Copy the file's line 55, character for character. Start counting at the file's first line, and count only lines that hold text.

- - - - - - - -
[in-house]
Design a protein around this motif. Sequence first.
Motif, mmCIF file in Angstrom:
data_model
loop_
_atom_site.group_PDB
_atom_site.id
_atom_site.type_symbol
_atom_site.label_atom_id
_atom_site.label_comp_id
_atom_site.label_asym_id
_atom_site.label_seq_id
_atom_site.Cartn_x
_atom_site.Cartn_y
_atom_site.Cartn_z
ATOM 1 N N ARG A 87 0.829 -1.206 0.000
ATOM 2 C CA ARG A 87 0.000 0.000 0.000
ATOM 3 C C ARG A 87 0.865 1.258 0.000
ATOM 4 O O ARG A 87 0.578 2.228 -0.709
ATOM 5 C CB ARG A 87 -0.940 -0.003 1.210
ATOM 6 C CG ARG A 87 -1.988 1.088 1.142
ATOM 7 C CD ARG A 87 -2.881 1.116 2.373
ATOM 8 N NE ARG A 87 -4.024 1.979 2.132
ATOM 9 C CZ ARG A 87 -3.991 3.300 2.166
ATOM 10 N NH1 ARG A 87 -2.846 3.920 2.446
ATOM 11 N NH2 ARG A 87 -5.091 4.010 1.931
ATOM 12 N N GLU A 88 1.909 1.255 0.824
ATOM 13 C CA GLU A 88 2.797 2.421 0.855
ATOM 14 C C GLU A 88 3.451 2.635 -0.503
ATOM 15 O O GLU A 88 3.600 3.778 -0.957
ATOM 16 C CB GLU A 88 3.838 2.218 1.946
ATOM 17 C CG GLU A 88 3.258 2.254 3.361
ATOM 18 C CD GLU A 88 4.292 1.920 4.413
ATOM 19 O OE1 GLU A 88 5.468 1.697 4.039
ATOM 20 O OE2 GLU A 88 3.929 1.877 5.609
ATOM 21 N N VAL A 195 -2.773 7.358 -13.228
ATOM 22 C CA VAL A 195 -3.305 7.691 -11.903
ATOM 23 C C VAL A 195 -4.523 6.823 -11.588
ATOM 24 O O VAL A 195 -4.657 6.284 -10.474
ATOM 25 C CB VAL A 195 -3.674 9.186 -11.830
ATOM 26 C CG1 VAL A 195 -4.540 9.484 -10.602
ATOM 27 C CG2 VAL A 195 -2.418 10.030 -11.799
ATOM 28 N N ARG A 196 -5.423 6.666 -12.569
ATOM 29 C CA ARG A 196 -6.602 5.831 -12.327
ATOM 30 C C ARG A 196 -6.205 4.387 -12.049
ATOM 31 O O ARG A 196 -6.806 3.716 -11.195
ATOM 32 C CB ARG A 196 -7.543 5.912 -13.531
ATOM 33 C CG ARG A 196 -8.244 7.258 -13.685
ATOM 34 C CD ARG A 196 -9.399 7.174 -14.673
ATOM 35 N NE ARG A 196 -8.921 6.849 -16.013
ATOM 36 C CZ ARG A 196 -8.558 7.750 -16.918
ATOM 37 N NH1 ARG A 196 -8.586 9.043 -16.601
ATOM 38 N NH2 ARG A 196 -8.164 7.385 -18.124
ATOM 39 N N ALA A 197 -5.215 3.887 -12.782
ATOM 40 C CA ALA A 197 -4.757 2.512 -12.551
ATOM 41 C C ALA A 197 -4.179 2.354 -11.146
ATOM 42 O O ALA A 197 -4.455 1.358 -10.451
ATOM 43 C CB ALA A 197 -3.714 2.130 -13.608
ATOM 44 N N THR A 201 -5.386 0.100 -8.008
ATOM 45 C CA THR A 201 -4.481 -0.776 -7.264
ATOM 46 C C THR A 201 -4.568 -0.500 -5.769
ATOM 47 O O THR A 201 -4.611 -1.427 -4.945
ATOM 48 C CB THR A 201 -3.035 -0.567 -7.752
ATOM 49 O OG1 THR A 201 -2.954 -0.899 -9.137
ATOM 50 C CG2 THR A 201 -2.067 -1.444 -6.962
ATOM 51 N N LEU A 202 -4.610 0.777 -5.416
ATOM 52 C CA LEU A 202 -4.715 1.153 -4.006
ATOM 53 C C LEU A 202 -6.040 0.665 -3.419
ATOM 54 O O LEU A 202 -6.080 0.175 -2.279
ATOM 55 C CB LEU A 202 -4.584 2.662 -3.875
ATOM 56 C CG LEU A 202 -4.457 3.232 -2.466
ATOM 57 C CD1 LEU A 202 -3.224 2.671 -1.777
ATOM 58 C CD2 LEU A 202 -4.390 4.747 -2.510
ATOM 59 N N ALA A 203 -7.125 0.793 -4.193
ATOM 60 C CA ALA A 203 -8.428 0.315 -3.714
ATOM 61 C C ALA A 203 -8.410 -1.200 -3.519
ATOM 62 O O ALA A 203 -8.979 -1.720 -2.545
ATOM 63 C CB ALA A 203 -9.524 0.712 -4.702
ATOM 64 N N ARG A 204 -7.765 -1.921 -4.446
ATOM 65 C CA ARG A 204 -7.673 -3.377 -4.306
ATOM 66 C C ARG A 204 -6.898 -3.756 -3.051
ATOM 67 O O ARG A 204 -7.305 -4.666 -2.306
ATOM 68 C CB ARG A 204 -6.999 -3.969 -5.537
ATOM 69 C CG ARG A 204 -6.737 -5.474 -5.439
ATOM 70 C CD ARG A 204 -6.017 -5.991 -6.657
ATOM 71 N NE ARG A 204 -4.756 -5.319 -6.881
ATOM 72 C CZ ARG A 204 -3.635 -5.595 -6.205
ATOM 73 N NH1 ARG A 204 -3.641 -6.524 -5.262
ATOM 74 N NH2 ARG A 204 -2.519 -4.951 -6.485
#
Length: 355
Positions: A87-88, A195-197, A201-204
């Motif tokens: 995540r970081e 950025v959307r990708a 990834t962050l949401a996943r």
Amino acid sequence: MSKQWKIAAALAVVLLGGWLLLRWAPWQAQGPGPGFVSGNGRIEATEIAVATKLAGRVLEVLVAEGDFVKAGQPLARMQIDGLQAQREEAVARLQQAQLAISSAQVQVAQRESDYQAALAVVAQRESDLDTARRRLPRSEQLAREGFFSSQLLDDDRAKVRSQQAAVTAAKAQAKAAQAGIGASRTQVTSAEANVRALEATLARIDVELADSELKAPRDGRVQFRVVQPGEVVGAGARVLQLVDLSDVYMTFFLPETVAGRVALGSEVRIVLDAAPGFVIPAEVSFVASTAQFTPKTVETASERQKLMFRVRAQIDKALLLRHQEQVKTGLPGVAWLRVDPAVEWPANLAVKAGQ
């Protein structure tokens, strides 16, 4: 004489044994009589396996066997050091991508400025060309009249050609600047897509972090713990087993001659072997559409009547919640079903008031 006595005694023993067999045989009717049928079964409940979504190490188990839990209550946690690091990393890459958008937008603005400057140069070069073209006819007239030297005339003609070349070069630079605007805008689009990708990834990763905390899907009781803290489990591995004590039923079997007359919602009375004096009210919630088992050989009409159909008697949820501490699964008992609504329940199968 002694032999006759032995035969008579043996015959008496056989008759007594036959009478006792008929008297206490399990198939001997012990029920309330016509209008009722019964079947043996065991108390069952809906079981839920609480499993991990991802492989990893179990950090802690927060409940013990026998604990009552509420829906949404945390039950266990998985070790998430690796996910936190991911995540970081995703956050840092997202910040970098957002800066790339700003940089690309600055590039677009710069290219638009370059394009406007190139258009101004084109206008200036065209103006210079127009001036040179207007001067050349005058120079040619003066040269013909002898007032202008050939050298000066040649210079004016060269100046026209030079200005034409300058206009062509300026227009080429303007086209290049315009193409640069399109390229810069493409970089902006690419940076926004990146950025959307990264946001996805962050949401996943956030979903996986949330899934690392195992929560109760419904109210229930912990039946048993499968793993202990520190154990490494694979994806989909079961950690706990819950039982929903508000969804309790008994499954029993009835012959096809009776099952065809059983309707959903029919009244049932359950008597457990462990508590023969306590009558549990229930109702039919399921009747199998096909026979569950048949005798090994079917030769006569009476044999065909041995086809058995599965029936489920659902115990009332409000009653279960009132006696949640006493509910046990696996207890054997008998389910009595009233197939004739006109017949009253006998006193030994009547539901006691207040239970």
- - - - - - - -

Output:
ATOM 40 C CA ALA A 197 -4.757 2.512 -12.551